At Cornell, Robotics is more than the study of robots. Cornell engineering is on the cutting edge of technology with core robotics research being conducted in aeronautics, human/robot interaction, autonomous vehicles, automation, machine learning and artificial intelligence. Intelligent robots will assist with manufacturing, provide help to those with ailments, and drive us home after a long day at work. Industry will look to develop robots to help minimize risks, become more efficient, and carry out tasks that are not suitable for humans. The future is here, let’s break some rules together.
Why collaborate with Cornell Engineering?
“Because the school has such a great engineering program,” says Ken Bogursky, Senior Manager of Mechanical Development at ASML “We have a lot of mechanical and electrical engineers, some software engineers from Cornell,” adding that approximately 25 of the 150 engineers in his department went to Cornell.
“We have some ongoing research collaborations with Cornell, but this is a step forward to a stronger partnership,” says Francesco Ubertini, MUNER center co-director and rector at the University of Bologna, about the Cornell partnership to the Motorvehicle University of Emilia-Romagna (MUNER), “and I’m very satisfied because Cornell is a top-level, high-quality university.”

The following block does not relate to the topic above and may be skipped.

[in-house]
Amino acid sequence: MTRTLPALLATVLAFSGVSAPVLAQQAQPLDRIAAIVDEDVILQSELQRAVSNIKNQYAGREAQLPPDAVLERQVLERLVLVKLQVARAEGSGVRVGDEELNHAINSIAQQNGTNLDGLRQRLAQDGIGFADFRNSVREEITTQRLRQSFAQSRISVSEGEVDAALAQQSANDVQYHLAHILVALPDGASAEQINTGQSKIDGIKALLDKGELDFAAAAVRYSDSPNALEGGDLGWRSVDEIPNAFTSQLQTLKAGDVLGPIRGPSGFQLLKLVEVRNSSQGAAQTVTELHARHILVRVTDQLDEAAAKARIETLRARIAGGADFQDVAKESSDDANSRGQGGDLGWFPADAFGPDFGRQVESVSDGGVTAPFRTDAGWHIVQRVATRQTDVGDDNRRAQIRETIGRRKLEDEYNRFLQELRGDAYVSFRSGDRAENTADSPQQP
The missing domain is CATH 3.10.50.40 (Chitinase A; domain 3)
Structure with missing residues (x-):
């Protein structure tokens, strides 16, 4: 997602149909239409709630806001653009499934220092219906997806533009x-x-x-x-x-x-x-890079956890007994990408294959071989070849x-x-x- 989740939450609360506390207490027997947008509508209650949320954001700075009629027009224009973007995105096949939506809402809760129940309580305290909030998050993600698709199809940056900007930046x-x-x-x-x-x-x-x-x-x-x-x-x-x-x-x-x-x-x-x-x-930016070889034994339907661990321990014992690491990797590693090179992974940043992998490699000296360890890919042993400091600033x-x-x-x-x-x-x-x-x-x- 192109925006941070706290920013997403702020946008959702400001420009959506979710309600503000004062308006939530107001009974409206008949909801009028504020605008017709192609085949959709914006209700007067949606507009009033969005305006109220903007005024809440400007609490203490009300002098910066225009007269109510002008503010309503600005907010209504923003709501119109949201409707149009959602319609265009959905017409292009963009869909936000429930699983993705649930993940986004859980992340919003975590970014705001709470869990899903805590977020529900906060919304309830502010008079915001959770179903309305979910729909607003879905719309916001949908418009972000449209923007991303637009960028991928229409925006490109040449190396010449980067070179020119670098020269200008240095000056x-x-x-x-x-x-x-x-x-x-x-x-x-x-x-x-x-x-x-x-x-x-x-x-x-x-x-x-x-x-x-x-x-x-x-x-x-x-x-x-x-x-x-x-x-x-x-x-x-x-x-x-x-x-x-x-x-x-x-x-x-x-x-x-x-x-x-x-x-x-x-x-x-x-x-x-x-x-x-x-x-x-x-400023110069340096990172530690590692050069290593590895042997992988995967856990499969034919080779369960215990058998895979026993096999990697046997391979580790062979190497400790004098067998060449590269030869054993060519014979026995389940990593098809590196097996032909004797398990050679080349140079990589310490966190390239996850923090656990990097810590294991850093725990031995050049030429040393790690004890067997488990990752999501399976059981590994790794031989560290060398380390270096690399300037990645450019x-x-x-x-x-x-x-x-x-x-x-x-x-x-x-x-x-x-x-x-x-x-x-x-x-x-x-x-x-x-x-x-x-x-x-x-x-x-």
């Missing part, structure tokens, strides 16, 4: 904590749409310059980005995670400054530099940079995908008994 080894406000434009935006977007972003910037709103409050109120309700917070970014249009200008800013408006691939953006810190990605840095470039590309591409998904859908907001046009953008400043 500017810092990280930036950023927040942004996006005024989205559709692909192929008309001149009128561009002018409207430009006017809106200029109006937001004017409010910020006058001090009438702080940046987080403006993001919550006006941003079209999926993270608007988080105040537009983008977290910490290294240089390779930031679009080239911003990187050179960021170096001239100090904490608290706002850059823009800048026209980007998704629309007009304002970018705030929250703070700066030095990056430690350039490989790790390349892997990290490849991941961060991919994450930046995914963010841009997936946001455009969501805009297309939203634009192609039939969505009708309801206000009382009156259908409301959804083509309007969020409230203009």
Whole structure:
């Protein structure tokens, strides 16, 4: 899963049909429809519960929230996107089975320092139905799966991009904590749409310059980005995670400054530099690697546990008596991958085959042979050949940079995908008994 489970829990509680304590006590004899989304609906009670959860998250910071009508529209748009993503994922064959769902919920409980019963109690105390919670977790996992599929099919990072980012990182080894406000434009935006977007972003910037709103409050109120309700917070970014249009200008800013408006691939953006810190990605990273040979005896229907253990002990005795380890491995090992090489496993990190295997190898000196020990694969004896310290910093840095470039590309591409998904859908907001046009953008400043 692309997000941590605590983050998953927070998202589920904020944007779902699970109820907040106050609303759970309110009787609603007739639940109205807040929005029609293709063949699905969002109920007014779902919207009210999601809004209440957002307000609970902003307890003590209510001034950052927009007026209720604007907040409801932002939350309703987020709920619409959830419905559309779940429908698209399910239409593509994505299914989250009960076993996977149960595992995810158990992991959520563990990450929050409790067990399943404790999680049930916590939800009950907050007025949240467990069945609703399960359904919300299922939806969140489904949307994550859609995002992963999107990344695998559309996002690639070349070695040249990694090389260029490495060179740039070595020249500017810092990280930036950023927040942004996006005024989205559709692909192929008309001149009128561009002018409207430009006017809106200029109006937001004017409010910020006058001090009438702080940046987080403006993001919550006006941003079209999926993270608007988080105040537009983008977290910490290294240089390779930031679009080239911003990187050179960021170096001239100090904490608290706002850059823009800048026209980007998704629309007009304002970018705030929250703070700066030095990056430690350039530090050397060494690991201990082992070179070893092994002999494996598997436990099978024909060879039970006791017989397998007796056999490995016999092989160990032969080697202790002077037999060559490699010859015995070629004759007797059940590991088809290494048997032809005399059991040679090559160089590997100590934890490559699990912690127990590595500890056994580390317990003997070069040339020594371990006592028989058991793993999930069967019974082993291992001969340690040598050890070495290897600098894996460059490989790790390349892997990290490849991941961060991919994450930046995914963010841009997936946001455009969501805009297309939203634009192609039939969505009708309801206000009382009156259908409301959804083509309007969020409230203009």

Here are a few examples of how we have partnered with private and public entities.
Soft, social robot brings coziness to home robotics
will put these robots in
classrooms to help
teach math to fourth graders.
Robotics Day attracts scores to Duffield Atrium
Cornell robotics startup revolutionizes hospitality
Inspired by the television show
The Jetsons, Maidbot is a robot
created to assist hotel room attendants
with housekeeping tasks.
Robert F. Shepherd
Organic Robotics Lab
Expertise: Soft Robots; Rheology of complex fluids; soft materials
Laboratory for Intelligent Systems and Controls
Expertise: Intelligent control; autonomous systems; learning and intelligent systems
Verifiable Robotics Research Group
Expertise: Robotics, hybrid systems; logic; verification and synthesis; motion and task planning, and computational linguistics
An Integrated System for Perception-Driven Autonomy with Modular Robots
A Cornell-led team has developed modular robots that can perceive their surroundings, make decisions and autonomously assume different shapes in order to perform various tasks – an accomplishment that brings the vision of adaptive, multipurpose robots a step closer to reality.